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Product Documentation


Do I need to modify my guitar to use the2Mic™? 

No.  There is no need to modify any guitar to install the2Mic™.

How long does it take to install the2Mic™ in a guitar?

With some practice, it will take approximately 30 seconds to install the2Mic™.

What is the best way to store the2Mic™ when it is not installed in my guitar?

After removing it from the guitar, the2Mic™ should be returned to the hard plastic carry case that came with the2Mic™.  We have designed the foam interior of the plastic carry case so that the2Mic™ can be placed inside the case with minimal bending to the gooseneck, avoiding excessive bending for the2Mic™.

What is the warranty for the2Mic™?

Every customer receives an automatic 2 year unconditional warranty for the2Mic™ from the date of purchase.  There are optional extended warranty plans available for a modest cost, including the option for an unconditional lifetime warranty.  All warranty repairs needed are performed at the2Mic™ headquarters in Greenville, CA.

Are there any feedback problems using the2Mic™?

If the2Mic™ is used with good quality PA equipment or powered PA speakers mounted on a speaker stand, you should not have problems with feedback.  The2Mic™ is the most feedback-resistant microphone available for classical and flamenco guitars, but it is not “feedback-proof”.  There can sometime be problems with feedback when using guitar amps, playing in very small rooms with reflective interiors, and playing with high volume “rock bands” having electric guitar, bass, drums, keyboard, etc.

Where is the best position inside the guitar for the2Mic™ microphones?

Once installed, the microphone near the padded mounting hook will naturally rest in the soundhole of the guitar, just below the strings.  This is absolutely the best possible location for this mic.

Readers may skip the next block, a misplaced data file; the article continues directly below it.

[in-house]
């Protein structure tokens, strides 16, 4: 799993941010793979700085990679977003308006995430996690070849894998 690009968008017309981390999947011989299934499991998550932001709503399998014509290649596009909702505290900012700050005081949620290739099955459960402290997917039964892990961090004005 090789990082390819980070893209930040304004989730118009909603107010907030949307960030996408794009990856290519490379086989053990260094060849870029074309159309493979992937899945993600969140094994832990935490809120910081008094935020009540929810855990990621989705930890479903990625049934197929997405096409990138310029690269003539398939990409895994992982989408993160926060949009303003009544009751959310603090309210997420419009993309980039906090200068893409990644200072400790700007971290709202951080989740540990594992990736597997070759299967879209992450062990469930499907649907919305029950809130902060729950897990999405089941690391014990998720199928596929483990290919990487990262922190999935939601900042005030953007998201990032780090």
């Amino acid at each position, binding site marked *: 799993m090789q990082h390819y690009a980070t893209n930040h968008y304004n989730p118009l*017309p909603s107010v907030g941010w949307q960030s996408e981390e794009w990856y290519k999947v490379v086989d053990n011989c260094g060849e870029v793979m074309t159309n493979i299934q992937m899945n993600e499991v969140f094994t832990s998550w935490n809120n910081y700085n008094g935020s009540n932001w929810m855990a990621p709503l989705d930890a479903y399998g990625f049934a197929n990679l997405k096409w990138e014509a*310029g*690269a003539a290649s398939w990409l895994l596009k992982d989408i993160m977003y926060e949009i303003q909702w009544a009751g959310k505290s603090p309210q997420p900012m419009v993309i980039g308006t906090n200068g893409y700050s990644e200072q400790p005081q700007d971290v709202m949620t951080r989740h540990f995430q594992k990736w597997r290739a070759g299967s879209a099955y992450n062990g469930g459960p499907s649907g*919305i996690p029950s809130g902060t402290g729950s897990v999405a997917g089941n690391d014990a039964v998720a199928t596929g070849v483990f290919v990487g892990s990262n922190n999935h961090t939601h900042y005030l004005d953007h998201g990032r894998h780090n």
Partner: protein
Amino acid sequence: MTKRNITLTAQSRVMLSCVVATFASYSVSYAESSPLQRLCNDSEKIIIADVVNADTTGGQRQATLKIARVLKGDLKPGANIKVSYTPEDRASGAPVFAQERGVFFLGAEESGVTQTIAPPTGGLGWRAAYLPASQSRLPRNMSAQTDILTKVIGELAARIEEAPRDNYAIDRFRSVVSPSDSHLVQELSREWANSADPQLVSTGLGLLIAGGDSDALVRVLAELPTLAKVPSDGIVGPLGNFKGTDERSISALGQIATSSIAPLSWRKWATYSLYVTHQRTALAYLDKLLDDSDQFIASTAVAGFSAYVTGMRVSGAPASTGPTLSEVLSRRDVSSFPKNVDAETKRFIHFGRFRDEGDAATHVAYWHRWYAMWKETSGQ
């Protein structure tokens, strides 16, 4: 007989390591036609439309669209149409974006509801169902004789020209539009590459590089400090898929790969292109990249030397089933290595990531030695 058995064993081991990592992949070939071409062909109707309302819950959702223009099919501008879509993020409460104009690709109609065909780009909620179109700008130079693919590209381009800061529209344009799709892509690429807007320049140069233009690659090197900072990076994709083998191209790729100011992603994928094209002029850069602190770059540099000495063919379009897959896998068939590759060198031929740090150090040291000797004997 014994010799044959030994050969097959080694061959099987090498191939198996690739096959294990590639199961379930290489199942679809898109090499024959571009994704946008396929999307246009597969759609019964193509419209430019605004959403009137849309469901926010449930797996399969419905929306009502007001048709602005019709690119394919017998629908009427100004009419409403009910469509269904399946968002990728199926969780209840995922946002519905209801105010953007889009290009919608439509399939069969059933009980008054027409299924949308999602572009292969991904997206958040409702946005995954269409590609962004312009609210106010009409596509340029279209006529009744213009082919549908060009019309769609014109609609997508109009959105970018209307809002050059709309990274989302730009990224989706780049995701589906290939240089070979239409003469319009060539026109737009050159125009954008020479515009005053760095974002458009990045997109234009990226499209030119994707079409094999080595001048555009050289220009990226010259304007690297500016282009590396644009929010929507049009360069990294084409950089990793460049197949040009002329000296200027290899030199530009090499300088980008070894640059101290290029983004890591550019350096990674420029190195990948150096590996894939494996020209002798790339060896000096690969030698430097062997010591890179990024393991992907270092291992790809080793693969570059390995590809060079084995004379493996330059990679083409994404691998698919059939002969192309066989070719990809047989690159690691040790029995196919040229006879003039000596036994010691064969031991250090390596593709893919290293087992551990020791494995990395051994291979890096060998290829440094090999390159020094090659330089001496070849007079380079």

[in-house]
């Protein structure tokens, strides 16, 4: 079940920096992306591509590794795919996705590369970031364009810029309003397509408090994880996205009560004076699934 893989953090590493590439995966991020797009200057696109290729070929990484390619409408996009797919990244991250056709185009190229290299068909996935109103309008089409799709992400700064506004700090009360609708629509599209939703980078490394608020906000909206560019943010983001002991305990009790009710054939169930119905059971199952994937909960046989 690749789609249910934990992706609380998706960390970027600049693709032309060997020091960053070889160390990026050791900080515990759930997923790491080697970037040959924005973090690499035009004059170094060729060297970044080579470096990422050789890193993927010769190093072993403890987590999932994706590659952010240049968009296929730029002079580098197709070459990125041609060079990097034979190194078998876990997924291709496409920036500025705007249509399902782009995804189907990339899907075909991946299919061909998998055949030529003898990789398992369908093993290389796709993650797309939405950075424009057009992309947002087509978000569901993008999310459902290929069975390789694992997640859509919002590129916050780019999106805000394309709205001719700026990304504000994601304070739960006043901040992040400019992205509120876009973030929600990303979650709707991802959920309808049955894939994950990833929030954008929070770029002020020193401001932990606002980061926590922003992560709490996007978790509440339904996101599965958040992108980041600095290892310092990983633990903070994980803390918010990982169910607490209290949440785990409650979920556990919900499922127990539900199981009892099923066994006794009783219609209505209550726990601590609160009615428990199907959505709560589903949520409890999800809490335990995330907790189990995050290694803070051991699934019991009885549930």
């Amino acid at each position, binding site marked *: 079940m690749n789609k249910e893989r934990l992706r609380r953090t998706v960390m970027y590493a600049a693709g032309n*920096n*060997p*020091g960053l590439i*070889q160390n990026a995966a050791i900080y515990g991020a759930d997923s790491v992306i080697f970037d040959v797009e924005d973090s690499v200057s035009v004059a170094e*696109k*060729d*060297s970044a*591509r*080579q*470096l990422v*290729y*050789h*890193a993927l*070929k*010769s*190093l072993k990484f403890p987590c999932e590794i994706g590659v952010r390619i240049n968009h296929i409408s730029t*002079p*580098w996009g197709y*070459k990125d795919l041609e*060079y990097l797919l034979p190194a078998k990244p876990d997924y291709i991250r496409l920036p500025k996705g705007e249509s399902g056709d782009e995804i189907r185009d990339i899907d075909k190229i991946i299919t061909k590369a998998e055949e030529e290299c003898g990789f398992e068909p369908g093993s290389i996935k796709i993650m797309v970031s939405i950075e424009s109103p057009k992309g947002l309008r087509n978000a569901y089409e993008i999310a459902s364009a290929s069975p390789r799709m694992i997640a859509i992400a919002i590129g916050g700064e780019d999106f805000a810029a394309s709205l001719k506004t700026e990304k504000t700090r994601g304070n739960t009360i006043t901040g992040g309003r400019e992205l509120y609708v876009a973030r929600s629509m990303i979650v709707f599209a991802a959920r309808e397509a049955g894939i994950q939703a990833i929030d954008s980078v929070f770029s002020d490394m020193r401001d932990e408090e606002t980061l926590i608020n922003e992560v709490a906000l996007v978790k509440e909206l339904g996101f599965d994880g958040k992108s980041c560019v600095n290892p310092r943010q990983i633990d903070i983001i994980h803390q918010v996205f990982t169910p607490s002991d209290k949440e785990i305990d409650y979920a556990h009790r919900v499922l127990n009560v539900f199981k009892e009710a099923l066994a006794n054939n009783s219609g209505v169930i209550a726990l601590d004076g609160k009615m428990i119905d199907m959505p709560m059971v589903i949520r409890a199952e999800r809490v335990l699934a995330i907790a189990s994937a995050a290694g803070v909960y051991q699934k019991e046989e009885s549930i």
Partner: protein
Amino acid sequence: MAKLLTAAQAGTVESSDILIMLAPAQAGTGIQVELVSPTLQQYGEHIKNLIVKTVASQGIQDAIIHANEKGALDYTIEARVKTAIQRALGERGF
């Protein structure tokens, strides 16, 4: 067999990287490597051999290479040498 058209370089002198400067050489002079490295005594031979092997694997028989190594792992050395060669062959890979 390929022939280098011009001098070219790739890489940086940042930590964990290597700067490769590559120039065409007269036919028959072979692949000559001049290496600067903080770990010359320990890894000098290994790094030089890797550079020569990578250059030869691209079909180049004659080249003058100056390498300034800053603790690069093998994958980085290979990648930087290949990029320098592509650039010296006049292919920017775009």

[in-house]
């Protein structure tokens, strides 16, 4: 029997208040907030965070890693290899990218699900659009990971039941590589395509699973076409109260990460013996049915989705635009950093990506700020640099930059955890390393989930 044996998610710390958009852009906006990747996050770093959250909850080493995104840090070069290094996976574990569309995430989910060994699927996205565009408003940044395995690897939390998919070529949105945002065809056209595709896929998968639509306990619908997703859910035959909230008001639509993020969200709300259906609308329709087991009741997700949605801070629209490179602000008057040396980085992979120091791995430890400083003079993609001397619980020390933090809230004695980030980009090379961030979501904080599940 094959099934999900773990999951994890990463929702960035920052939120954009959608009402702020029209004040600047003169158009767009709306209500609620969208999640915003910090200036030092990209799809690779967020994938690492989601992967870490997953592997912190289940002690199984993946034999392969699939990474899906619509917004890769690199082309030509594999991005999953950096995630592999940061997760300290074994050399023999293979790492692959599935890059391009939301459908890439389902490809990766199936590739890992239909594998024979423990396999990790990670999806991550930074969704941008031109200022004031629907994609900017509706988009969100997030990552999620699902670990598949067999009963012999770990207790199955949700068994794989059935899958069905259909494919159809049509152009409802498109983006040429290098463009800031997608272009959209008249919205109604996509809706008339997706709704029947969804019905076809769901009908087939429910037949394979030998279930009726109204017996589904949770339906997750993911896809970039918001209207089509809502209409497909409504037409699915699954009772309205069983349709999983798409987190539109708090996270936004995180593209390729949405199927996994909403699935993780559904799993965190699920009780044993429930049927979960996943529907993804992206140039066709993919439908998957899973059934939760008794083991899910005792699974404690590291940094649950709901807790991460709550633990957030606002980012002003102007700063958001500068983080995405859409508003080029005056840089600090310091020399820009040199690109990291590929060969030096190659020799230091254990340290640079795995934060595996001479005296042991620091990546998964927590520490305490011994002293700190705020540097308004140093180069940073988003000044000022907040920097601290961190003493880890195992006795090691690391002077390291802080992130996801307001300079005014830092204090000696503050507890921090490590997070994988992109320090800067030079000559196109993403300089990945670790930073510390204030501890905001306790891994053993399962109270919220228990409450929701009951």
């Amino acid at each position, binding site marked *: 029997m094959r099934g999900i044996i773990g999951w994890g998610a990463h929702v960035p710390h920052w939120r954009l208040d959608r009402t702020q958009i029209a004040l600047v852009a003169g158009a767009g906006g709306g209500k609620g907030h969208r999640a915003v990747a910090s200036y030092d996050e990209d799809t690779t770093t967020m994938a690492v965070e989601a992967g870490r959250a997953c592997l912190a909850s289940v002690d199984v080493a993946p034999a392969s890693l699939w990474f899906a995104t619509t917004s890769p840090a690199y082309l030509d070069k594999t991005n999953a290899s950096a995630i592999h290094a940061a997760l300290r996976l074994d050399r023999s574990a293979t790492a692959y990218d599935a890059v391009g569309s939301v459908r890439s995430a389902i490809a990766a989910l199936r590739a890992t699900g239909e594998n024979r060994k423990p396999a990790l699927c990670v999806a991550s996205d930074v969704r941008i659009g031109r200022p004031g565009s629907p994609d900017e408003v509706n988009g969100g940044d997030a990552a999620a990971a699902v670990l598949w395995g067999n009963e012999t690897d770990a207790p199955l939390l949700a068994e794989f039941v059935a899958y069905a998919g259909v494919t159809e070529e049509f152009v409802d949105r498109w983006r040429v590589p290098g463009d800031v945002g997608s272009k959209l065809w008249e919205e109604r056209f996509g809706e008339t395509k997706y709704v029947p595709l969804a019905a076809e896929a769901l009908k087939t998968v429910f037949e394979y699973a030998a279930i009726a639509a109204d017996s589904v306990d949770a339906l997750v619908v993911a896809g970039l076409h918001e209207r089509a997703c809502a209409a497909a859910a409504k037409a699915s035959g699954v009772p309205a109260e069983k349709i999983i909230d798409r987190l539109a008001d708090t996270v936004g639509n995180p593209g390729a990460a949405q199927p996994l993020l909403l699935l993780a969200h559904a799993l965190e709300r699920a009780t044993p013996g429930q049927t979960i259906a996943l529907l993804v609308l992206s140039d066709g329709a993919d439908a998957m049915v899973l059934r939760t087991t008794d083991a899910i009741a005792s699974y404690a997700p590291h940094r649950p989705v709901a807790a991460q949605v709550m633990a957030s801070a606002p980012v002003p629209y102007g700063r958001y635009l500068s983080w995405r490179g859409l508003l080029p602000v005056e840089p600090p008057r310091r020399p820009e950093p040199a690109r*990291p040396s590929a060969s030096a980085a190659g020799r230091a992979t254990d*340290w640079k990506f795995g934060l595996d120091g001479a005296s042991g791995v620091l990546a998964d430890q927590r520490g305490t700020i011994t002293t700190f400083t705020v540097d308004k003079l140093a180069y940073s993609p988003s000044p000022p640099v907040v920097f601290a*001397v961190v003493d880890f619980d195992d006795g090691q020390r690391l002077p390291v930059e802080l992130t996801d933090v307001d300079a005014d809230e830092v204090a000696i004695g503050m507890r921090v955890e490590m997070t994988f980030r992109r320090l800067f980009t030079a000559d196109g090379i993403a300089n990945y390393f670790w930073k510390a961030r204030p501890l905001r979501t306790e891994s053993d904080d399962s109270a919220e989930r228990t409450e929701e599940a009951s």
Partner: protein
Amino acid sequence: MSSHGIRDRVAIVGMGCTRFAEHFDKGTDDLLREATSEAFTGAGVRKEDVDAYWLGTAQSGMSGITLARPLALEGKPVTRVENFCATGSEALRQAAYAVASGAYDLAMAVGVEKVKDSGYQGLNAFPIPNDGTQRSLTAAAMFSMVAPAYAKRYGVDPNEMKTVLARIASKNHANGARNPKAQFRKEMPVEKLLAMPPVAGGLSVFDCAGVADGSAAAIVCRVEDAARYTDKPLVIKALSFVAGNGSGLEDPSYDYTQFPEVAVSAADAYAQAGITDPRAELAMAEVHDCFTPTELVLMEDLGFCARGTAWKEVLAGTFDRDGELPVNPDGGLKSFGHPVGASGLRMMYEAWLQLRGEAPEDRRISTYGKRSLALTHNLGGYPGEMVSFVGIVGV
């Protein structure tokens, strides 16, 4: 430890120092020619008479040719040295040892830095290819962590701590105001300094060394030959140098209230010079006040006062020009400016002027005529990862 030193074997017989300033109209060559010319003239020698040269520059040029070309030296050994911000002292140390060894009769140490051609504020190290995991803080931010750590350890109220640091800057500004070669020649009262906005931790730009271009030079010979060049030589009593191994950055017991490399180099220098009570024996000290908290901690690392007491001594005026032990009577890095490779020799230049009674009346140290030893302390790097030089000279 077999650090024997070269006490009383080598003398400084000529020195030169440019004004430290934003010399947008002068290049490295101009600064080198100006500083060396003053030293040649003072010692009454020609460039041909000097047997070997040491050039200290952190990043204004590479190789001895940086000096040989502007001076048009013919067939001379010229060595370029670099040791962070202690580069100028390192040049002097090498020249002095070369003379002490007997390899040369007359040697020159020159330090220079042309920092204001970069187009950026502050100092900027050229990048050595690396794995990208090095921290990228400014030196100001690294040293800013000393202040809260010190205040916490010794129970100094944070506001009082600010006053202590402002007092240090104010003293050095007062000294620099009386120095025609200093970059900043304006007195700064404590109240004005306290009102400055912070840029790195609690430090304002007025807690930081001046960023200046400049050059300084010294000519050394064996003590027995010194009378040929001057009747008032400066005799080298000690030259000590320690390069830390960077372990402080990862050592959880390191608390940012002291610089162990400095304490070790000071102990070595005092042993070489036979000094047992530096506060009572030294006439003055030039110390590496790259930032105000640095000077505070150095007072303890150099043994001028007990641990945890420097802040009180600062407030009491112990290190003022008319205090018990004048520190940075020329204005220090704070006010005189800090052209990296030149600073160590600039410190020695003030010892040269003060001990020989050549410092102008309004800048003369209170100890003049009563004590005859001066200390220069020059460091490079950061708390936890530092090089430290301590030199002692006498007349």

The microphone at the end of the gooseneck should point approximately towards the underside of the soundboard, near the bridge.  However, this mic can be maneuvered to point towards other interior locations of the guitar, and possibly with different results for tone quality and feedback rejection.  Guitarists should feel free to experiment with positioning the mic on the end of the gooseneck to point towards different regions inside the guitar.

Note: Be careful to handle the gooseneck carefully to avoid damaging the mic element (explained further in the next question).

How do I handle the gooseneck to position the mic on the end of the gooseneck?

To provide the best possible shock mounting to the mic element and prevent any possible distortion due to acoustic energy traveling up the gooseneck, both mics are very lightly attached to the gooseneck.  To adjust the gooseneck for the mic at the end of the gooseneck, we recommend holding the gooseneck approximately 1 inch (25 mm) below the windscreen of the mic.  The mic in the middle of the gooseneck, near the padded mounting hook, is always located in the best possible position in the soundhole, just beneath the strings.

What are the two power supplies and which one is best to use?

The2Mic™ is supplied with two different power supplies.  Whenever possible, we recommend using the EPS-2 power supply, which produces a modern low impedance XLR mic level signal and operates via phantom power.  The EPS-2 creates the most stable and reliable signal output to use with PA systems and powered PA Speakers.

The EPS-1 produces a more “old-fashioned” battery operated mono unbalanced line level signal.  The EPS-1 does not require phantom power and is compatible with many types of amplification gear designed for use with pickups using mono ¼” phone inputs (same as used for electric guitars).  Simply stated, both power supplies can produce high quality tone and volume without feedback, but using the EPS-1 is sometimes more complex, and sometimes encounters problems with an impedance mis-match.

What does the term “impedance mis-match” mean?

An impedance mis-match occurs when the inputs of an amplifier are expecting to receive a much stronger signal than what is produced by the2Mic™.  This is because of the lack of uniformity about how mono ¼” phone inputs are valued.  There are no standards for the input values assigned to ¼” mono phone inputs.  However, XLR mic inputs have a very standardized input signal design and using the EPS-2 with its low impedance XLR mic level output is much more reliable to achieve superlative results.